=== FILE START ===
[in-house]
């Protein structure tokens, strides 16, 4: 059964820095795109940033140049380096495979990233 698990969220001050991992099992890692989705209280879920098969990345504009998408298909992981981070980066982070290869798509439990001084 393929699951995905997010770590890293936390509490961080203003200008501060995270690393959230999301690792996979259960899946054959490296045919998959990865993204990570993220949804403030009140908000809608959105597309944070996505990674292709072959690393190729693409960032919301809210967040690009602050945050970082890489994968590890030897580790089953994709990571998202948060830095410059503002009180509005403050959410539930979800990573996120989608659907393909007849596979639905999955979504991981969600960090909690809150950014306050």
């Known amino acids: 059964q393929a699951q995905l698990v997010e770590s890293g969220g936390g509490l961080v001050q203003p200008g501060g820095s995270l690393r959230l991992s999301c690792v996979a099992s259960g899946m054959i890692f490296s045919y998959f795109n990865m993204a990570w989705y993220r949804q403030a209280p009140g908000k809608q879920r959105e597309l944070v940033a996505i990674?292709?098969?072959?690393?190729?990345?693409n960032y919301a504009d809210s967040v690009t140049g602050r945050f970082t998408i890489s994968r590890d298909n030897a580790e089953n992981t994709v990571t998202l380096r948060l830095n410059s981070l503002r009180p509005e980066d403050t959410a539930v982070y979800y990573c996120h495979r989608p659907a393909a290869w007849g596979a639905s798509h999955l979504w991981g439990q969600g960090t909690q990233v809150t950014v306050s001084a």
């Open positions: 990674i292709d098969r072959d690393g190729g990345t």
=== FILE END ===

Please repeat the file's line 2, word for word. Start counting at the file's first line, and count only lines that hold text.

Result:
């Protein structure tokens, strides 16, 4: 059964820095795109940033140049380096495979990233 698990969220001050991992099992890692989705209280879920098969990345504009998408298909992981981070980066982070290869798509439990001084 393929699951995905997010770590890293936390509490961080203003200008501060995270690393959230999301690792996979259960899946054959490296045919998959990865993204990570993220949804403030009140908000809608959105597309944070996505990674292709072959690393190729693409960032919301809210967040690009602050945050970082890489994968590890030897580790089953994709990571998202948060830095410059503002009180509005403050959410539930979800990573996120989608659907393909007849596979639905999955979504991981969600960090909690809150950014306050």